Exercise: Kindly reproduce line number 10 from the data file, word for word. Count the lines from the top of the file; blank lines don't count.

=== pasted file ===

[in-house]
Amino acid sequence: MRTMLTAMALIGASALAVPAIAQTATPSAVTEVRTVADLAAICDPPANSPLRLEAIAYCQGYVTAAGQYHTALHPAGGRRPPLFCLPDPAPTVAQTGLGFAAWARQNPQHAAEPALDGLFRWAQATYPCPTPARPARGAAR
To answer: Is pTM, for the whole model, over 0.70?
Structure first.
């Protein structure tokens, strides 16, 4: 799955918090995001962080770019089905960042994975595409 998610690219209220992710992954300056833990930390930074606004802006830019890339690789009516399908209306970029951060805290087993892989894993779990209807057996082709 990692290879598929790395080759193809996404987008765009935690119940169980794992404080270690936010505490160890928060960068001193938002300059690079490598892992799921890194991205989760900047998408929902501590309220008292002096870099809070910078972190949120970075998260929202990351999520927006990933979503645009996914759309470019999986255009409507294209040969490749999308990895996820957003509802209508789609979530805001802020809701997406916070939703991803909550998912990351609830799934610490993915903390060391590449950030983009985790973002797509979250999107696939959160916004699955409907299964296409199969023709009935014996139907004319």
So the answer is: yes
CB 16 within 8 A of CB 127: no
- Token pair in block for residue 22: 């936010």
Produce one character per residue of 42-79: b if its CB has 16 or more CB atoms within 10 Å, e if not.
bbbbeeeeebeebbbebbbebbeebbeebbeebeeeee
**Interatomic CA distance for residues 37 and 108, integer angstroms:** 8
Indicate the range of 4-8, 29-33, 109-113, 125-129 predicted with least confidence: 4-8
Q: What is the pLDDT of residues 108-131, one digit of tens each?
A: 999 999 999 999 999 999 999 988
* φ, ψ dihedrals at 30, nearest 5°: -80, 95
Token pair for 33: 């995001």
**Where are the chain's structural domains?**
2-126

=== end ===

bbbbeeeeebeebbbebbbebbeebbeebbeebeeeee